The Rocky Mountain gray wolves are back on the Endangered Species List after a federal judge ruled last week that the government did not follow the law in removing the wolves from federal protections last year. The new ruling means that the wolf hunts in Montana and Idaho that claimed 260 wolves during the 2009-2010 hunting season will not resume this fall.

CBO finds corn ethanol costs taxpayers nearly $2 a gallon in subsidies (on top of the price at the pump)

By Sasha Lyutse
Yesterday afternoon, the nonpartisan Congressional Budget Office (CBO) released its evaluation of the costs and benefits of federal biofuels tax credits, including the Volumetric Ethanol Excise Tax Credit (VEETC), the largest U.S. subsidy for renewable energy that goes almost entirely to corn ethanol. The release comes against the backdrop of a full court press by corn ethanol industry lobbyists to push Congress to extend the VEETC and a disappointing attempt by Senator Amy Klobuchar to attach a 5-year extension of the corn ethanol tax credit to a Senate energy bill ostensibly supporting renewable energy, which we discussed here and the NRDC Action Fund discussed here.

Robert Redford says the BP oil disaster shows need for clean energy

The Natural Resources Defense Council, and many other environmental groups, are campaigning with renewed vigor for a clean energy bill, in the wake of the ongoing BP oil disaster.

In this NRDC video, longtime conservationist Robert Redford reflects on the oil catastrophe, saying its time to recognize that self-interested oil companies will never want to give up risky oil drilling, if there’s profit to be made.

Enviromentalists say Gulf disaster shows U.S. must find new energy sources

As the growing oil spill reached the coast of Louisiana Friday, environmental groups, aghast at the growing calamity, called on President Obama to do more than suspend new off-shore oil drilling. The president announced earlier in the day that no more oil exploration would take place until the BP oil spill had been thoroughly investigated. An estimated 210,000 gallons of oil a day continued to pour into the Gulf of Mexico from the deep sea wellhead, 11 days after an explosion sunk the rig and killed 11 crew members.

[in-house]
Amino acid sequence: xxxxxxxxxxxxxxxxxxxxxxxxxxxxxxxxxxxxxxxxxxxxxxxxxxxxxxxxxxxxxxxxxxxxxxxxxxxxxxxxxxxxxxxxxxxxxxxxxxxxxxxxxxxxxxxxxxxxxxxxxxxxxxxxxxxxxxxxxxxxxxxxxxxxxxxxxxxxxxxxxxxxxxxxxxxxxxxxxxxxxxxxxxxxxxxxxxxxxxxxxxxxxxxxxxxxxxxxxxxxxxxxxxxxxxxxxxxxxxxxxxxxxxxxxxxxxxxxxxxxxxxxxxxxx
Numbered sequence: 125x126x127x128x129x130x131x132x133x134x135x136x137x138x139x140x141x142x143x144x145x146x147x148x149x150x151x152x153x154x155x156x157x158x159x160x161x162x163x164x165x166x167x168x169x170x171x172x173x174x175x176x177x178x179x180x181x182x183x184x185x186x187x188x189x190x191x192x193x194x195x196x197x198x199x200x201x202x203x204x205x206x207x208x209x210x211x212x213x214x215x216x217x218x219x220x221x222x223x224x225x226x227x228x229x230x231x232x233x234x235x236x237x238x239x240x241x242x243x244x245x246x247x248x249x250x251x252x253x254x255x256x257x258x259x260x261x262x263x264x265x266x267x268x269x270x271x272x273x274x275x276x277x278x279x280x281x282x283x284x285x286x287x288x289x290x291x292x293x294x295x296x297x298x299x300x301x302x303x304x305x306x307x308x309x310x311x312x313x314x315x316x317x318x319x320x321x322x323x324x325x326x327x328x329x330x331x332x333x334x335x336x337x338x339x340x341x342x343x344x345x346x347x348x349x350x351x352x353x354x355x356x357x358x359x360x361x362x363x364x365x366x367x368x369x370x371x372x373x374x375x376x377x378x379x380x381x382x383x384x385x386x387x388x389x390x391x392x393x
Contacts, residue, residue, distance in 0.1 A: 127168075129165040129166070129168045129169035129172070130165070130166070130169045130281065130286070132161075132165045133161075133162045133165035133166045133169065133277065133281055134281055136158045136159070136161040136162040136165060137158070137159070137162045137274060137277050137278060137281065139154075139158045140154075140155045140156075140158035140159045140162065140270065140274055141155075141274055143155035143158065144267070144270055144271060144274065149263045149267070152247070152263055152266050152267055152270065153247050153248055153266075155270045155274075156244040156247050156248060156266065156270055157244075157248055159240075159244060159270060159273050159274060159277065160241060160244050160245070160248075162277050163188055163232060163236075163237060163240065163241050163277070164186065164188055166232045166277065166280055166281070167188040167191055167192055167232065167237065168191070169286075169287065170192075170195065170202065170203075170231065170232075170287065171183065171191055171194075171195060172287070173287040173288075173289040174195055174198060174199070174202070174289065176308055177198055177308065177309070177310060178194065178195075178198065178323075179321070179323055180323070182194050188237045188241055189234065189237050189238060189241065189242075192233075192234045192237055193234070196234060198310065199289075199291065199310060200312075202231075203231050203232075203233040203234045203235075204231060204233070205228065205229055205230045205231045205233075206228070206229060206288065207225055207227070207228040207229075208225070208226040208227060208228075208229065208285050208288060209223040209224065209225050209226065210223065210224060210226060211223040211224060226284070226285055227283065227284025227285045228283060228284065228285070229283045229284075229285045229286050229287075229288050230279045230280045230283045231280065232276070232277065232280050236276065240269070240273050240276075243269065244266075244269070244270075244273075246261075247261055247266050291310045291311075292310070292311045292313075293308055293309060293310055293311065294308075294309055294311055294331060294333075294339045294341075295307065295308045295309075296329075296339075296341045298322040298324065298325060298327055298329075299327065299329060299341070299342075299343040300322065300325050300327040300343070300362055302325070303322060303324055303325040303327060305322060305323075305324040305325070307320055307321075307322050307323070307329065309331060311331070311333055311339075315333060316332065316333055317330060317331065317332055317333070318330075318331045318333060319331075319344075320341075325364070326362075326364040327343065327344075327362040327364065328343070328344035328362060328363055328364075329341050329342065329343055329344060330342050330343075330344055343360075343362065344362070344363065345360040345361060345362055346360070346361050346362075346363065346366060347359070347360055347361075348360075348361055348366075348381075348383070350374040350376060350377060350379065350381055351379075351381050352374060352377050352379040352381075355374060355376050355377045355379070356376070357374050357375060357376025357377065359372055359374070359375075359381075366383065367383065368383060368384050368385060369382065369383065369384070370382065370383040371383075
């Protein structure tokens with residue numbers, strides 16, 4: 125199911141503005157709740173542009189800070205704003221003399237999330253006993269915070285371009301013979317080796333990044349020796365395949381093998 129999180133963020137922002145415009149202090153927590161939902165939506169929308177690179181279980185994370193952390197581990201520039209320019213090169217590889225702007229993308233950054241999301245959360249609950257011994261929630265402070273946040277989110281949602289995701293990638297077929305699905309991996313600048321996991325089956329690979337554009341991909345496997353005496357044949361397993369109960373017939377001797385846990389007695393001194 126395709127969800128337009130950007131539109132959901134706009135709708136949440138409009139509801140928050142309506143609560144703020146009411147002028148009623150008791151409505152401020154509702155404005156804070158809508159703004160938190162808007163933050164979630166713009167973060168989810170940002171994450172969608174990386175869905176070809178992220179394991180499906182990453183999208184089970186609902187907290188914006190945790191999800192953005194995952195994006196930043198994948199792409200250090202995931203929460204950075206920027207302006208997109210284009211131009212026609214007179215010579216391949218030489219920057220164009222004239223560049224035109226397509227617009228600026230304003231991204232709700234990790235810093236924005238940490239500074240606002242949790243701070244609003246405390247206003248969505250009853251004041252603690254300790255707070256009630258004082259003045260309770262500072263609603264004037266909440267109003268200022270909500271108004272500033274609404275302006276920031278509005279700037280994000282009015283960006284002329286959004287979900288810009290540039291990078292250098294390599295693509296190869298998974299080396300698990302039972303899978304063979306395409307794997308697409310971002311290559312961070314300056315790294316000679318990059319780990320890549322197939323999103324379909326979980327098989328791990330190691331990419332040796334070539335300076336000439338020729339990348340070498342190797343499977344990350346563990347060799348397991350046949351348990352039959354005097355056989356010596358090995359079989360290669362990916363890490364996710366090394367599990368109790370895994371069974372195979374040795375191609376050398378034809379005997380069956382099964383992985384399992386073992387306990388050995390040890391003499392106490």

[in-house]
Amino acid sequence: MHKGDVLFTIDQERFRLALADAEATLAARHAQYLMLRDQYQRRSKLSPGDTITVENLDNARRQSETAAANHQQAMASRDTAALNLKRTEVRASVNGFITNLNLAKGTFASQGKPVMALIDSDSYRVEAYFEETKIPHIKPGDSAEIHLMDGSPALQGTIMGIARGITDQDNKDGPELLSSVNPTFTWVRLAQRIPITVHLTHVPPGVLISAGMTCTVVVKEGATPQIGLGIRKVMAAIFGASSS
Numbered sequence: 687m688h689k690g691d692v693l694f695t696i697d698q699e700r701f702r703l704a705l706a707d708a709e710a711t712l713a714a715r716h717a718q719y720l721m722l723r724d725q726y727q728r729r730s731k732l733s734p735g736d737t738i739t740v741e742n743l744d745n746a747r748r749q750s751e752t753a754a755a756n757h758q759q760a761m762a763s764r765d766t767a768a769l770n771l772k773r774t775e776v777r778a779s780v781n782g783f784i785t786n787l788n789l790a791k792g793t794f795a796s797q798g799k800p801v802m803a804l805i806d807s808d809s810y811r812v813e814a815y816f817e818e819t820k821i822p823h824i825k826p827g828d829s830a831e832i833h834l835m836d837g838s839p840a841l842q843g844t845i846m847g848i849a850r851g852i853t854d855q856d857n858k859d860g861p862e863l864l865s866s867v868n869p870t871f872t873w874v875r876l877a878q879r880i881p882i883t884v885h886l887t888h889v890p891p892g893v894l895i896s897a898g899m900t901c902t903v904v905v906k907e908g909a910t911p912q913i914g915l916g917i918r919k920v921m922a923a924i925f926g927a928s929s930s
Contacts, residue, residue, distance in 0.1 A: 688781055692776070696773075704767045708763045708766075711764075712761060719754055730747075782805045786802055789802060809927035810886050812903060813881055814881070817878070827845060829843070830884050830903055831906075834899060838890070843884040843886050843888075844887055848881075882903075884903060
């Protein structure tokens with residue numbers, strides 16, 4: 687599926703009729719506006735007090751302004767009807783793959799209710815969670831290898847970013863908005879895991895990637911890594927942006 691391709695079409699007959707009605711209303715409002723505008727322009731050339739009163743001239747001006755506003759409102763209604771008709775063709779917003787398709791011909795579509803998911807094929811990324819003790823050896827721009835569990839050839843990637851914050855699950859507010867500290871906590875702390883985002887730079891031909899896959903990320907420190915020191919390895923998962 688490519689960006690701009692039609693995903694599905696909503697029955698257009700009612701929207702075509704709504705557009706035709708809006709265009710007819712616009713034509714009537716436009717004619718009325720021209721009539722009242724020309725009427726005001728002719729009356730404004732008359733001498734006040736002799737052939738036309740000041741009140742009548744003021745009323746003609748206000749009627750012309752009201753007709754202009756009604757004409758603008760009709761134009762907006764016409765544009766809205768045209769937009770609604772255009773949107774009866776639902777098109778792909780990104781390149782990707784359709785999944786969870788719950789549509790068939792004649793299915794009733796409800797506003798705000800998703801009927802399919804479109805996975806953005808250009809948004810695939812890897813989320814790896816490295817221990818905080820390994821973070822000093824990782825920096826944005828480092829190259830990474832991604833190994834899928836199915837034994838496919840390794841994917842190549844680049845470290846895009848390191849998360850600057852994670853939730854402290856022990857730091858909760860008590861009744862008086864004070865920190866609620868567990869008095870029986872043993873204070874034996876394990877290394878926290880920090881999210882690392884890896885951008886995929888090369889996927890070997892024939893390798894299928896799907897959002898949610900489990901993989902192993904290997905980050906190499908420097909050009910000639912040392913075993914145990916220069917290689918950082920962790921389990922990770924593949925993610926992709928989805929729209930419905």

Frances Beinecke: Earth Day was a ray of optimism in a dark time

Earth Day Was a Ray of Optimism in a Dark Time

Frances Beinecke

“I don’t remember exactly what I did on the first Earth Day 40 years ago, but I remember exactly how I felt: deeply relieved,” writes Frances Beinecke. “You have to realize, the spring of 1970 was a tumultuous time. I was a junior at Yale, but most of us were essentially on strike. We never went to class, because we were far too embroiled in the political upheaval around us. Students were up in arms about the draft. Protests against the escalation in Vietnam had reached a fevered pitch–indeed four students would be shot dead by National Guardsmen at Kent State that May. Meanwhile the National Guard had descended on the streets of New Haven because Bobby Seale, the co-founder of the Black Panthers, was on trial downtown.”

Stimulus plan puts green into green; the details so far…

From Green Right Now Reports:

In a alert released this afternoon, entitled “Congress Gets It Right — Recovery Deal to Spur Clean Energy Economy”, the Natural Resources Defense Council praised the compromise stimulus package hammered out by Congress for the ways it steers the American economy in a greener direction.

“Congress really got it right with this economic recovery package that will deliver jobs and green infrastructure to America. The bill makes smart investments that will jumpstart the economy, help sustain future growth, and meet the challenges of the 21st century,”effused Wesley Warren, director of programs for the NRDC. “We need to put America on a path to a clean-energy economy, and Congress has taken a big step forward in heeding this call.